• Your landing page must list the price in the appropriate currency of the target country. The appropriate currency has to be shown by default if multiple currencies are available. Products must be displayed in and sold in the currency of the target country. Any pricing information submitted or displayed (e.g. total price or entering 0 as the item price) must comply with local regulations.
  • Any user in the target country must be able to buy the item at the same price as submitted in your product data without paying for a membership or additional products. If you want to advertise regional prices you might want to consider using local Shopping.
  • Your landing page can't be under construction or link to an error page.
  • Your landing page can’t display an error status code beginning with a 4 or a 5 (such as a 404 error).
  • Your landing page must render an actual web page properly. The user can’t be led to an email address or a file. This includes image, audio, video, or document files that require an additional application to open or run (such as PDF files). Your mobile landing page shouldn't include Flash, Silverlight, ActiveX or other design elements that may not render properly on a mobile or tablet device.
  • After reaching your landing page, users must be able to return to the previous page where they clicked your product listing by clicking their browser’s back button once.
  • If a product is sold in bulk quantities, the landing page can list the minimum quantity and the price per unit instead of the total price for the minimum number of items sold.
  • If your product is a software subscription, follow these additional requirements:
    • Show each software subscription variant on a separate landing page. For example, if your software has three versions (basic, premium, and enterprise), then make sure each version has it’s own landing page. 
    • Prominently display and pre-select the price for the full length of the software subscription, with a minimum of 1 year. If the prepaid 12-month subscription comes with any subsidized or free periods, then include those in the displayed price. 
    • Clearly state in your terms of renewal and cancellation whether the product is for a fixed term or whether it is automatically renewed. Also explain the cancellation options, and explain under which conditions the auto-renewal occurs at end of prepaid duration.
  • If your website features microdata, the above requirements apply to that data as well. Additionally, unique product identifiers (GTIN, brand, MPN) if provided in your microdata, have to match with the information submitted in your product data. See more details here.
  • Your landing page must show a product offer that is essentially identical to the product listing you submitted to Google in your product data, regardless of the user’s device, browser, location, cookies, your ad targeting choices, or any other consideration. We understand that landing page design and URL can vary (e.g. mobile optimized page for mobile users), and our requirements are focused on the content and user experience. By essentially identical, we mean:
    • The offer must be for the same item; no substitutions are allowed.
    • Title, description, and images can be slightly different but they have to refer to the same item. Generic pages or search results pages are not allowed.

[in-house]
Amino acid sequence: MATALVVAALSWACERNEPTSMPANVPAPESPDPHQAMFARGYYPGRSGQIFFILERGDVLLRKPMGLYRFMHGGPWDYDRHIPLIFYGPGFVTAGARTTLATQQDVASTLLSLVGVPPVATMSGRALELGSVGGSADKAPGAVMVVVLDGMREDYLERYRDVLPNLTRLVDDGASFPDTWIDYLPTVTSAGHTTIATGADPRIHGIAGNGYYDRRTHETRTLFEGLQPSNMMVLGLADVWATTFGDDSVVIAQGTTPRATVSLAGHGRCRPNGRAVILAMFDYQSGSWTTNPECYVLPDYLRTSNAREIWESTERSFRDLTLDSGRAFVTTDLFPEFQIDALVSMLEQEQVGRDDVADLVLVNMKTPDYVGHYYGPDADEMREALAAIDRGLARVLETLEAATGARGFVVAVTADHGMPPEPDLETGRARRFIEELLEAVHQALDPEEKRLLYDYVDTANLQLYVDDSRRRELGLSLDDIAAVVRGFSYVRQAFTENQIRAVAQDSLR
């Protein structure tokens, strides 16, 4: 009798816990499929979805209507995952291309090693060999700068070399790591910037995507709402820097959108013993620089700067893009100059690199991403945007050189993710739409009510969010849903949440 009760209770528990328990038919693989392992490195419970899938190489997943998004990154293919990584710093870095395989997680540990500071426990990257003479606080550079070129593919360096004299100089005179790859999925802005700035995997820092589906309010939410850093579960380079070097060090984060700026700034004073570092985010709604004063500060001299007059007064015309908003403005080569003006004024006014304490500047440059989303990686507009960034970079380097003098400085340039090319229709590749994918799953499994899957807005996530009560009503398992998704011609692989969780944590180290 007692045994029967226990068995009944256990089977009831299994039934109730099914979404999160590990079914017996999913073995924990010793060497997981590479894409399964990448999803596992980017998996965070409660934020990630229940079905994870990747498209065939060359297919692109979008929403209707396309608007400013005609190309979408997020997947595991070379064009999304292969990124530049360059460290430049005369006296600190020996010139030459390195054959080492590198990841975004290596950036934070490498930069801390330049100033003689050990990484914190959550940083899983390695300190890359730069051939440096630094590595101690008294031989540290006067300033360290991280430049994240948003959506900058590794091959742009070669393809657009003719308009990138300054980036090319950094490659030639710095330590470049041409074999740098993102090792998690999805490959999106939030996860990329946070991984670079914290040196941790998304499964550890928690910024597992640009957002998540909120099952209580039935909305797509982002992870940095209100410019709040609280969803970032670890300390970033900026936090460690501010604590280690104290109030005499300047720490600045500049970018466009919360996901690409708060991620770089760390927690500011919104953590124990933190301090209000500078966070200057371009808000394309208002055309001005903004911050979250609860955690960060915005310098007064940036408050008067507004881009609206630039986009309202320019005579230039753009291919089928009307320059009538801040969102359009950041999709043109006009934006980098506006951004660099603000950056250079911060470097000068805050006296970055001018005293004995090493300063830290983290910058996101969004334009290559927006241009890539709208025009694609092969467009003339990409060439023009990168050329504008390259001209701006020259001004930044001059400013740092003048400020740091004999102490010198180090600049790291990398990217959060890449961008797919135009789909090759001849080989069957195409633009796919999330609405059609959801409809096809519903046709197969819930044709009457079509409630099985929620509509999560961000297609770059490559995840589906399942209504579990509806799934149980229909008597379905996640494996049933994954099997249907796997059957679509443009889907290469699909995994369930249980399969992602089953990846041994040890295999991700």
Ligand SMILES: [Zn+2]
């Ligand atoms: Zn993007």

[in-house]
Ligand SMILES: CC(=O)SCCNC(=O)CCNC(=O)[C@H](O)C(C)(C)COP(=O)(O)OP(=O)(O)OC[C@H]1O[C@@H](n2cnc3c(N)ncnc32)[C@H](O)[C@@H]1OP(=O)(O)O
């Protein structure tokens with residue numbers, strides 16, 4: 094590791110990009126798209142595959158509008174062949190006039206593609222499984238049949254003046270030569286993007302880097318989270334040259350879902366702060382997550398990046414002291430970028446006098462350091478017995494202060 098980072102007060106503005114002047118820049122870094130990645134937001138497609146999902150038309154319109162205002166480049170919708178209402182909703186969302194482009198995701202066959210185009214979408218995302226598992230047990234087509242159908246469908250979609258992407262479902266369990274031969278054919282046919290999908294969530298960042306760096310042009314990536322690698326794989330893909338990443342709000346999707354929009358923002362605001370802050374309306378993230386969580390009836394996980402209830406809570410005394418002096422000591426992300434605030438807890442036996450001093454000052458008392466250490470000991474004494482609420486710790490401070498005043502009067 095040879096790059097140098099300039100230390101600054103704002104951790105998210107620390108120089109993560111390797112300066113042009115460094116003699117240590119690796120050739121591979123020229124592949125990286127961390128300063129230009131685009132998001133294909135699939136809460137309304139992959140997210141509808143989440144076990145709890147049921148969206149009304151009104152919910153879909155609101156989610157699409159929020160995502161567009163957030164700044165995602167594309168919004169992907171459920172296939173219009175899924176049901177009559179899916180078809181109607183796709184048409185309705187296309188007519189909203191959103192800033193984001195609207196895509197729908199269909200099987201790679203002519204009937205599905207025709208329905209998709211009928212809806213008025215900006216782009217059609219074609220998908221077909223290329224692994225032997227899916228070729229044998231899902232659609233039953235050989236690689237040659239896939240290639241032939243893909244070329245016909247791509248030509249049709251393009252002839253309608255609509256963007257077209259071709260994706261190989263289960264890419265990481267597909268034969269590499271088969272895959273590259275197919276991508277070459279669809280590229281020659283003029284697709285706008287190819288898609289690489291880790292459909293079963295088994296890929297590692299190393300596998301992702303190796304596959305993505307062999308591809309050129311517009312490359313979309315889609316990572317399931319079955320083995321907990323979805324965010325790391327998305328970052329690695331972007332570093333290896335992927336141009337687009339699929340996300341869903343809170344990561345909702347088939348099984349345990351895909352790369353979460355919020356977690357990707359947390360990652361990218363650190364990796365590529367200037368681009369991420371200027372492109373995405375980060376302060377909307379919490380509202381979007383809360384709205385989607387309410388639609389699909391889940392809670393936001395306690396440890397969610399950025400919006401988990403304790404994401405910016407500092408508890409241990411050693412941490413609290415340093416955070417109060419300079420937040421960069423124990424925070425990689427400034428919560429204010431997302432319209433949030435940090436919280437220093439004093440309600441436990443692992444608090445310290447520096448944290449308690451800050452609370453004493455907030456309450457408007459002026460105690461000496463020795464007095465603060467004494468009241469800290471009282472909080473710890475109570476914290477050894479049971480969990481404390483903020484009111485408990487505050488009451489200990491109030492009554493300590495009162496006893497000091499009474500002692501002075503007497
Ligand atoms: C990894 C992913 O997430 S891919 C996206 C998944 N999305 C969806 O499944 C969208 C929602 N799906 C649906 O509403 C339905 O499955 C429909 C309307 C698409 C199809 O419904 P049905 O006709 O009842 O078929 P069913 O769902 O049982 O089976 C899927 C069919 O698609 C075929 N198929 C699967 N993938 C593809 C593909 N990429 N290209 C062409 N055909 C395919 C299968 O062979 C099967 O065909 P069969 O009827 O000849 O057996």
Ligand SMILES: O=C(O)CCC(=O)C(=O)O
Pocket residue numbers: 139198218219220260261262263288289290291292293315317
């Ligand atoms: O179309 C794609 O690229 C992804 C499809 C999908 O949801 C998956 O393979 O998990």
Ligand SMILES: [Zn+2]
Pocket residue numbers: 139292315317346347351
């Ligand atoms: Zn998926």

Once a small business creates a website, they must work on making that website a great user experience for visitors. How do they do that? They provide a well-structured website with relevant content presented on a fast-loading and mobile-responsive, modern website. It also must not have errors or issues that harm a visitor or that prevents Google from crawling your website 24/7 from any location. 


You should also be using Google Analytics and Google Search Console to better understand what is happening with your website. 


Once Google Search Console is reviewed, let's check up on your site speed, mobile-friendliness and some SEO (search engine optimization) stuff. Search Console will also show you error pages, which need to be fixed. You should check all of this as often as needed to correct the website.  These are your action items:


1) Visit Google Search Console and fix issues, submit a XML sitemap, and learn more about the user experience.

2) Use the Google Developers Speed Test and work on fixing any issues so that your score is 89 or higher for both mobile & desktop.

3) Run the Think with Google Speed Test and make sure you have a mobile score of 100.

4) Run your site through this SEO score checker.

5) Visit Google Analytics and dig into your website actions and learn more about the user experience.


Utilize the steps as they are outlined. Visit #1 and dig into your website actions with Google. Use #2 to bring your score up and get any optimized content to download & use. Complete everything and then go to #3. Complete everything and go to step #4. Now go to step #5 and dig into what is actually happening with visitors and your website.

From here, you need to have a strong and consistent social presence that is updated with content related to your products & services. And you need to utilize a local online presence by being listed on local directories like YP, BBB, etc. In the UK (Ministry of Superior Commerce, Trading Standards, etc.). All of your online information (name, contact, owner, etc.) needs to be consistent and correct everywhere.

All of this will be a continual process of repeating the above steps 2-3 times per month (at the very least) for the life of your business.  


Please let us know what you discover and enjoy the process.


King Regards,



Google AdWords Top Contributor | Google Partner | GYBO | Local Guide | My Profile